30 April 2007

Reproductive technology conference in British Columbia, Canada

Courtesy of the Infertility Network:

An International Conference on New Reproductive & Genetic Technologies (NRGTs)
Malaspina University-College, Nanaimo, British Columbia, Canada.
May 24-26, 2007
Info/Register: http://www.mala.ca/nrgt

Conference Themes
* NRGTs and the Rights of Children & Families
* Global Issues in NRGTs
* NRGTs & the Arts
* Feminist Perspectives on NRGTs
* Current Medical Perspectives on NRGTs
* NRGTs & the Practical Philosopher
* NRGTs & the Law

Speakers and delegates from all over the world are gathering to critically consider legal, legislative and medical issues related to the development and implementation of new reproductive and genetic technologies. This conference is attracting the attention of academics, researchers, scientists, physicians, counselors, policy makers/analysts, activists, lawyers, philosophers, ethicists, students, individuals with lived experience and adult children conceived by NRGTs.

Speakers (from Canada, USA, UK, New Zealand, Netherlands & Israel) include:
  • Dr. Elinor Wilson (President) & Dr. John Hamm (Chairperson), Assisted Human Reproduction Canada (AHRC)

  • Maureen McTeer, Faculty of Common Law, University of Ottawa; lawyer specializing in law, science & public policy; author; member of the Royal Commission on NRGTs

  • Louise Vandelac, PhD, Professor, Dept of Sociology & Institute of Environmental Sciences, University of Quebec (Montreal)

  • Eric Blyth, Professor of Social Work, University of Huddersfield, UK; researcher, author & policy consultant to governments, professional & patient organizations on the psychosocial aspects of donor conception

  • Dr. Jeff Nisker, Schulich School of Medicine, University of Western Ontario; former co-chair, Health Canada Advisory Committee on NRGTs

  • Mikki Morrissette, author, 'Choosing Single Motherhood: The Thinking Woman's Guide'; editor, 'Behind Closed Doors: Moving Beyond Secrecy & Shame' [in donor conception]

  • Marcy Darnovsky, PhD, Center for Genetics & Society, Oakland, CA

  • Elizabeth Marquardt, PhD, Institute of American Values; author, 'The Revolution in Parenthood: The Emerging global clash between Adult Rights & ChildrenĀ¹s Needs'

  • Juliet Guichon, PhD, Office of Medical Bioethics, University of Calgary; researcher on surrogacy for the Canadian Royal Commission on New Reproductive Technologies

  • Donor offspring, parents & former donors

The program includes the following film & theatre productions:
* 'A Child on Her Mind', a play by Jeffrey Nisker & Vangie Bergum, Canada
* 'All in One Basket', a film about egg donation by Lauren Berliner, USA
* 'Playing Up Citizen Involvement: An Experiential Workshop in the use of
Theatre for Policy Development'

The Infertility Network can be contacted at the following:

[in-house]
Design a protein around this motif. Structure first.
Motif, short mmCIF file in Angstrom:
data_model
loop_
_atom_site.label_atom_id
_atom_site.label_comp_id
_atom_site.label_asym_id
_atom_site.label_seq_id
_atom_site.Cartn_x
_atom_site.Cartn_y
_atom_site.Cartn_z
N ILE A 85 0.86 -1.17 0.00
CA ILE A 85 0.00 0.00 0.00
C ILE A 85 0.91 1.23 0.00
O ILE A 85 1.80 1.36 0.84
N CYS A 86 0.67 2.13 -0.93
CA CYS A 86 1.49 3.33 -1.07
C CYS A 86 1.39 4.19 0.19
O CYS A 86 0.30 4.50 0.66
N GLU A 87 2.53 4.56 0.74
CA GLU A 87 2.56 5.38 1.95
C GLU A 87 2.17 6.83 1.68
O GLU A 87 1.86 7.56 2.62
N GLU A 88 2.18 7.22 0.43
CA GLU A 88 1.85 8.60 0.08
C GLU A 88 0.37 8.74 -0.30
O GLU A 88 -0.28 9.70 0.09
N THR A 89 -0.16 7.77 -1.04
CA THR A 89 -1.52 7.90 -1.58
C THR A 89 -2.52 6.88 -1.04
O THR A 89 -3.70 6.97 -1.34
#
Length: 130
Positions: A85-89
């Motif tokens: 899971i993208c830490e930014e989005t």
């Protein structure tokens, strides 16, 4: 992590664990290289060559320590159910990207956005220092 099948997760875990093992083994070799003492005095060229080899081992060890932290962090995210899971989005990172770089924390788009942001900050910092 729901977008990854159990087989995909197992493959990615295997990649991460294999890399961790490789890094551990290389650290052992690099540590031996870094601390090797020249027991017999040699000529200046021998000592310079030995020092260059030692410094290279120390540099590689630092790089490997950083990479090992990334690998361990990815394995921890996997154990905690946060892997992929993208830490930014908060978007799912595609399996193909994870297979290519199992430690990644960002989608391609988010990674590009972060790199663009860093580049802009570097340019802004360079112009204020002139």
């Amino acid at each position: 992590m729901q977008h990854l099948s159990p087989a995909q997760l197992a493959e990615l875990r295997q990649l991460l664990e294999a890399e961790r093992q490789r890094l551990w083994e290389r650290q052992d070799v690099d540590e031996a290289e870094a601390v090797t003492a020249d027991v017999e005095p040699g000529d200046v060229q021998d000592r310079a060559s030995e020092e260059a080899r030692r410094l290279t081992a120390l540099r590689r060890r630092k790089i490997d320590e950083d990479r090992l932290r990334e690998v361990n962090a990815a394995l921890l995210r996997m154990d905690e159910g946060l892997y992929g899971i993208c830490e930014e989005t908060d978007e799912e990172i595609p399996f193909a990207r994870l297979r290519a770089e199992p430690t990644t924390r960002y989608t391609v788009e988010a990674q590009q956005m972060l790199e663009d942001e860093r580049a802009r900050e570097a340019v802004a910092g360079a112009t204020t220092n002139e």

160 Pickering Street
Toronto ON M4E 3J7

26 April 2007

It's a done deal

Well, as done as it can be at this stage, but I have committed to starting next cycle. So, in two-ish weeks, I should be stabbing myself with wicked glee (evil cackle not included).

I spoke to the nurse in charge of the study, and she said it's just fine to do one cycle, and then do the study for our next cycle (thinking ever positively) if we qualify.

I'm going for the Pap smear tomorrow anyway; that should guarantee that the study nurse has the results in plenty of time for a second cycle. It's good incentive, I haven't had one in a few years. Hey, don't blame me, blame Canada's medical system. Or British Columbia's anyway. Your family doctor is the one who does the smear, not a gynecologist. You don't get a gyn (or "Gank," as my sister says) here unless you need one as a specialist.

Anyway, now I wait for my 'package' to arrive with further instructions. While we wait, and because I'm feeling like a big suck today, I offer this unbelievably cutesy-poo video for your viewing pleasure. Watch it to the end, or you'll miss the best part. And then watch it again, because it's so gosh darn cute.

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19 April 2007

Says the Cheshire Cat

Curioser and curioser. Hmm, there seems to be a general concensus here to wait. I'm curious as to what everyone's reasoning is - are you advocating waiting simply because of the cost benefit?

I should point out,
a) the cost savings is only about $1,000. That's a lot of money, but really a drop in the bucket of the whole, overall costs of all this IVF stuff.
b) We're not guaranteed to be accepted into the study. The appointment to see the nurse after she gets my Pap results, is the qualifying screening. It's quite possible we could wait until June (more likely July), and not qualify for the study. Which means we will have lost 2 (more likely 3) months.

If you had reasons other than saving money, what were they? Share with me, please? Are we doing the right thing? Ack!

Ah, life was so much easier when my biggest dilemma was whether to do my Calculus homework, or go to the bars with my roommate on $2 Melonball Night.

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18 April 2007

Full steam ahead

Oh, c'mon, you guys. What's with the advice? I know I said I wanted opinions, but you should know by now what I really want is for you to tell me what to do!

Worthless. The whole lot of you. ;)

So, actually, the money isn't so much of an issue now. We have access to the extra $1000 or so it would cost to not do the study, and it wouldn't be very painful to get that money, so that consideration, thank Gd, falls low on the pros and cons scale.

And we comforted ourselves a little with talking about Puah, which is an infertility clinic in Israel. I could get in touch with them, and coordinate follow up with them, even though we'd likely have to pay for their services. There's also the side benefit of being surrounded by friends and family in Israel, who would provide comfort and booze if we got a BFN. They'd throw a flippin' party if we got a BFP.

Still. I'm freakin' old. Ancient, in fact. I don't think I want the stress of travelling (and these days, as awful as the airlines all are, I stress about travelling!) while I'm cycling. Not to mention the extra stress of being a year older by that point (technically, I'll just a few months older. Psychologically, the difference between 41 and 42 is huge).